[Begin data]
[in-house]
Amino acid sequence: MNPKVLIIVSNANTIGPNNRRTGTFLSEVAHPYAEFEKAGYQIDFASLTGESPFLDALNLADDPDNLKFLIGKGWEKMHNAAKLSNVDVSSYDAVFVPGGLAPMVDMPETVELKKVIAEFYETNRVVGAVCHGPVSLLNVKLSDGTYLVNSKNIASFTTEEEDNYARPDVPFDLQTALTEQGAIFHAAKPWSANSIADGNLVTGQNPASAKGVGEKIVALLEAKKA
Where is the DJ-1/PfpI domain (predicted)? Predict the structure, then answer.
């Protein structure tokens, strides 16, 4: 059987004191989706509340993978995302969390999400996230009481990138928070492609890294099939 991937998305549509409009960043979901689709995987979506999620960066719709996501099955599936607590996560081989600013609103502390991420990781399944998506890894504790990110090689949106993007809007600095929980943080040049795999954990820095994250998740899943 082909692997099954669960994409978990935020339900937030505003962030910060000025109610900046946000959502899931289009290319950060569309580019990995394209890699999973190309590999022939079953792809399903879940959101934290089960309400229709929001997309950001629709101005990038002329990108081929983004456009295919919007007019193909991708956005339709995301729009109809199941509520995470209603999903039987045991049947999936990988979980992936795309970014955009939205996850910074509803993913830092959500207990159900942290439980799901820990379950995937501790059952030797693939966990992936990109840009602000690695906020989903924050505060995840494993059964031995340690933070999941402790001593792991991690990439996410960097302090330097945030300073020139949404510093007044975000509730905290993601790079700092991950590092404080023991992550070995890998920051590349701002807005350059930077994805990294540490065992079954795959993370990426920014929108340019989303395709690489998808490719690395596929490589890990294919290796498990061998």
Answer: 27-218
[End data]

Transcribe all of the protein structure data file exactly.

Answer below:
[in-house]
Amino acid sequence: MNPKVLIIVSNANTIGPNNRRTGTFLSEVAHPYAEFEKAGYQIDFASLTGESPFLDALNLADDPDNLKFLIGKGWEKMHNAAKLSNVDVSSYDAVFVPGGLAPMVDMPETVELKKVIAEFYETNRVVGAVCHGPVSLLNVKLSDGTYLVNSKNIASFTTEEEDNYARPDVPFDLQTALTEQGAIFHAAKPWSANSIADGNLVTGQNPASAKGVGEKIVALLEAKKA
Where is the DJ-1/PfpI domain (predicted)? Predict the structure, then answer.
């Protein structure tokens, strides 16, 4: 059987004191989706509340993978995302969390999400996230009481990138928070492609890294099939 991937998305549509409009960043979901689709995987979506999620960066719709996501099955599936607590996560081989600013609103502390991420990781399944998506890894504790990110090689949106993007809007600095929980943080040049795999954990820095994250998740899943 082909692997099954669960994409978990935020339900937030505003962030910060000025109610900046946000959502899931289009290319950060569309580019990995394209890699999973190309590999022939079953792809399903879940959101934290089960309400229709929001997309950001629709101005990038002329990108081929983004456009295919919007007019193909991708956005339709995301729009109809199941509520995470209603999903039987045991049947999936990988979980992936795309970014955009939205996850910074509803993913830092959500207990159900942290439980799901820990379950995937501790059952030797693939966990992936990109840009602000690695906020989903924050505060995840494993059964031995340690933070999941402790001593792991991690990439996410960097302090330097945030300073020139949404510093007044975000509730905290993601790079700092991950590092404080023991992550070995890998920051590349701002807005350059930077994805990294540490065992079954795959993370990426920014929108340019989303395709690489998808490719690395596929490589890990294919290796498990061998």
Answer: 27-218